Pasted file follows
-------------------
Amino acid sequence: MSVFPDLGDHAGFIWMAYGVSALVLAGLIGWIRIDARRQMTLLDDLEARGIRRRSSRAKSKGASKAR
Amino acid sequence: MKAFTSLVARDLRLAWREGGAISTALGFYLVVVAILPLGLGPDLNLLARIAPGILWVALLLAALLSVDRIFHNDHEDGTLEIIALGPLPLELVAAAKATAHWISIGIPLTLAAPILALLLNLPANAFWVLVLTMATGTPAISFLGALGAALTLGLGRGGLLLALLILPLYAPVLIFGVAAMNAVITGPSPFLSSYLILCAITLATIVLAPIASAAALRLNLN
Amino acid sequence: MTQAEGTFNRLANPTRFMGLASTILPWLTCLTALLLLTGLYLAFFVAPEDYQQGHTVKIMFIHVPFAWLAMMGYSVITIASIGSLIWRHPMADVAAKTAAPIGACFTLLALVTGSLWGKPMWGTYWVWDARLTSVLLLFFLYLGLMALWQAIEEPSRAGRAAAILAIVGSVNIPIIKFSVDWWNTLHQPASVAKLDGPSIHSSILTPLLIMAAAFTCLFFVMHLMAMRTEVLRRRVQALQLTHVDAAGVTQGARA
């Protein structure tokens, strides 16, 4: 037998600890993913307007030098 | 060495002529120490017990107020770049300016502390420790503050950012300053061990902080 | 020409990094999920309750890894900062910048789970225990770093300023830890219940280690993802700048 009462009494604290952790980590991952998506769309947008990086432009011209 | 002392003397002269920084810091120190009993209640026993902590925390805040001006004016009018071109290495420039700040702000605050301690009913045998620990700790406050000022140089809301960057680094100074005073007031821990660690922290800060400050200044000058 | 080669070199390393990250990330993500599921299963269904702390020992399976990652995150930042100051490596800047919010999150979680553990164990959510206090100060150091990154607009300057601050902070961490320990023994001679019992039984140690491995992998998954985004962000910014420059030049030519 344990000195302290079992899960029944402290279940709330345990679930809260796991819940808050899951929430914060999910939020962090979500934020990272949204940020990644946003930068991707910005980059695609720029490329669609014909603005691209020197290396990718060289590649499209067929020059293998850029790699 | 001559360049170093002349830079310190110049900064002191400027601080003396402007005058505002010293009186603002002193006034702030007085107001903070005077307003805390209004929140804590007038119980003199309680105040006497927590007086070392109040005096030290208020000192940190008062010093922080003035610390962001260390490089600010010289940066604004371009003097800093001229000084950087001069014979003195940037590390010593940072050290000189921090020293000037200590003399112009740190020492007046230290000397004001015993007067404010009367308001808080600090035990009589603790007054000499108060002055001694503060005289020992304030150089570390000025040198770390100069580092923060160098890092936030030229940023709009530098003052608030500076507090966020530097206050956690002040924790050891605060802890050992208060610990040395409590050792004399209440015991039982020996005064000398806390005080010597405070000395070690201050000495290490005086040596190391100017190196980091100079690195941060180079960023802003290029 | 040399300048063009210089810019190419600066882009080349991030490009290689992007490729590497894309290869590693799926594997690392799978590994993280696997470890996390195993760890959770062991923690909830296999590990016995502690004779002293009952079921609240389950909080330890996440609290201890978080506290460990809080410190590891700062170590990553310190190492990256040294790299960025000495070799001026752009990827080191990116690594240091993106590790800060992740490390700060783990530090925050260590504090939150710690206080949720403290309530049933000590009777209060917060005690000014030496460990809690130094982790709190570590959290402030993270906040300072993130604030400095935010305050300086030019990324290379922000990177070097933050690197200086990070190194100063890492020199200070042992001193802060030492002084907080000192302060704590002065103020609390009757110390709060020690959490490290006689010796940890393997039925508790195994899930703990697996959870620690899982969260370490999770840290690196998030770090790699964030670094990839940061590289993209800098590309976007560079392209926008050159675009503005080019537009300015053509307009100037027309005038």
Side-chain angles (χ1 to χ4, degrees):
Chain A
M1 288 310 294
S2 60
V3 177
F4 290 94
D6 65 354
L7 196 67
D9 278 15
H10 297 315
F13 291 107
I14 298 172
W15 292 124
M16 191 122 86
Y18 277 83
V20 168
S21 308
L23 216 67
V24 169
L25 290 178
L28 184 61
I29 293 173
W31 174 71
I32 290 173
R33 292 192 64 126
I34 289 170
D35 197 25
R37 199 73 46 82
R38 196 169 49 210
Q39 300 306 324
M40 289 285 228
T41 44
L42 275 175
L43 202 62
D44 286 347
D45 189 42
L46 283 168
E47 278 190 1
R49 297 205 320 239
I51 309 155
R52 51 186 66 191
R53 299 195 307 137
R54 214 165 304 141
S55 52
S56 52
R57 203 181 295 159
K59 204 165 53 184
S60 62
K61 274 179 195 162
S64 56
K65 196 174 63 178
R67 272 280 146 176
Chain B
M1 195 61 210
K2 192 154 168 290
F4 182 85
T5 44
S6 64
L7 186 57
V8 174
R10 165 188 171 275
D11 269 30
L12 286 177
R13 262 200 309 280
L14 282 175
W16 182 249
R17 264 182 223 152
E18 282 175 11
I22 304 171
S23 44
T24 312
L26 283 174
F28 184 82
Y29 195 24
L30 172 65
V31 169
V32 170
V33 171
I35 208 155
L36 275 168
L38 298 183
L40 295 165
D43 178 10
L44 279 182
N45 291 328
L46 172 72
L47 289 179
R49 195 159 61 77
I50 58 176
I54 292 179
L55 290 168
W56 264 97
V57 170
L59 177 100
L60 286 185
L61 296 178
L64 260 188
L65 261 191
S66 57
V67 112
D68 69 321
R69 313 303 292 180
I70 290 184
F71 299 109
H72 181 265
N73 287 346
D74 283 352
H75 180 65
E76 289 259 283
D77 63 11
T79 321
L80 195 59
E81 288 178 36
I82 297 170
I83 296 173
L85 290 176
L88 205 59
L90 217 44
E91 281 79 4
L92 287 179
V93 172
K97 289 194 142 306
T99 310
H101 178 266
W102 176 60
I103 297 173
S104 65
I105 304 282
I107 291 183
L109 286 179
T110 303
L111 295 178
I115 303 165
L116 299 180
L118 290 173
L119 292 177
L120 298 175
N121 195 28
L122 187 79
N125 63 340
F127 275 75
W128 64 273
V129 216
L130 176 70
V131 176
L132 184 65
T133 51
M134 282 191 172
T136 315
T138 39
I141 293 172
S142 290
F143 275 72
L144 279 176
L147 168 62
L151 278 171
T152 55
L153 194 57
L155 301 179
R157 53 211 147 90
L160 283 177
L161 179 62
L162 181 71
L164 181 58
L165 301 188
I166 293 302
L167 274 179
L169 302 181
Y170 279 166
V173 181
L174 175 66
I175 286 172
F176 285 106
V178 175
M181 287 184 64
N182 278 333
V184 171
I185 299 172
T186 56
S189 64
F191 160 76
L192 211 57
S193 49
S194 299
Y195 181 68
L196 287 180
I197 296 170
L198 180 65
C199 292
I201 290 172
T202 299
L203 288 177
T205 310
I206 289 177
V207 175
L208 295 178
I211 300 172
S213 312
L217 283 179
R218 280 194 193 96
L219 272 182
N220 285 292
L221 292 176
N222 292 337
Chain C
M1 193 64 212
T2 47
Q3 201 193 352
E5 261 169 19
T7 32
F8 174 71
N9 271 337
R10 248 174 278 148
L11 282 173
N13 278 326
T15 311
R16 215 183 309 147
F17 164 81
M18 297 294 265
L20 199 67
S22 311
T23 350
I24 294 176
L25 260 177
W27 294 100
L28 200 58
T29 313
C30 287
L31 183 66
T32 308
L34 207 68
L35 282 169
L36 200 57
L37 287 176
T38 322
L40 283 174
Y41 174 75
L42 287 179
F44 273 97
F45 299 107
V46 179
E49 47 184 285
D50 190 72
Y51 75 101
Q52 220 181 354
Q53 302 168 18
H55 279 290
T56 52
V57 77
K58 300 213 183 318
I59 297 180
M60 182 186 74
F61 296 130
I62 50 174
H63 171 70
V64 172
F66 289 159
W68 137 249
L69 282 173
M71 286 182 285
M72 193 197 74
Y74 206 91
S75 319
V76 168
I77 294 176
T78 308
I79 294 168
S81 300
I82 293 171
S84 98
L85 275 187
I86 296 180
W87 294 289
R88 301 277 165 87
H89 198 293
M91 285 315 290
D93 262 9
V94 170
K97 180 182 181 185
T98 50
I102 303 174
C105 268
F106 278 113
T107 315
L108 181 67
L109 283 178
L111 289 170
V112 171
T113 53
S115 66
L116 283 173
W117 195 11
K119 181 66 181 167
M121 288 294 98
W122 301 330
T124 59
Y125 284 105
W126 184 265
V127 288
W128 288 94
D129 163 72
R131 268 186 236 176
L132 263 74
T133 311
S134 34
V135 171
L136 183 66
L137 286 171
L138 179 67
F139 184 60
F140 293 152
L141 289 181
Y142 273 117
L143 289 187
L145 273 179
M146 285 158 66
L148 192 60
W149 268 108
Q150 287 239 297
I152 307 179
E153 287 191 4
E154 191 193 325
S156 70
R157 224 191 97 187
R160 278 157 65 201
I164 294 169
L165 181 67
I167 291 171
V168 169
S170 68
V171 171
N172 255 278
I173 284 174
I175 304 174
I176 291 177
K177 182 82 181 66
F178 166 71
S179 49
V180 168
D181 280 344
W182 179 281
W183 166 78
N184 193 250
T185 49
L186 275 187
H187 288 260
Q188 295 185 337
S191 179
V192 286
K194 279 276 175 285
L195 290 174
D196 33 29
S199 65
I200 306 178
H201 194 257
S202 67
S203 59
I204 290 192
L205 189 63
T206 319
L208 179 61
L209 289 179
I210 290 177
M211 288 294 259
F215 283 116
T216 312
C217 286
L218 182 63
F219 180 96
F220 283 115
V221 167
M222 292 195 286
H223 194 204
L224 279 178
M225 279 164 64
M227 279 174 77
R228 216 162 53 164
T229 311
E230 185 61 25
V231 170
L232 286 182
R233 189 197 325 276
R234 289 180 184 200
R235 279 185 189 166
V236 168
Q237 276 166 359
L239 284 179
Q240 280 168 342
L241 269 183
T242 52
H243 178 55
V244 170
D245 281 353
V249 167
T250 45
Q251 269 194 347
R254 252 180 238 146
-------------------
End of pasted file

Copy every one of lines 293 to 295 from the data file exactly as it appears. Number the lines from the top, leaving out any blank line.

T113 53
S115 66
L116 283 173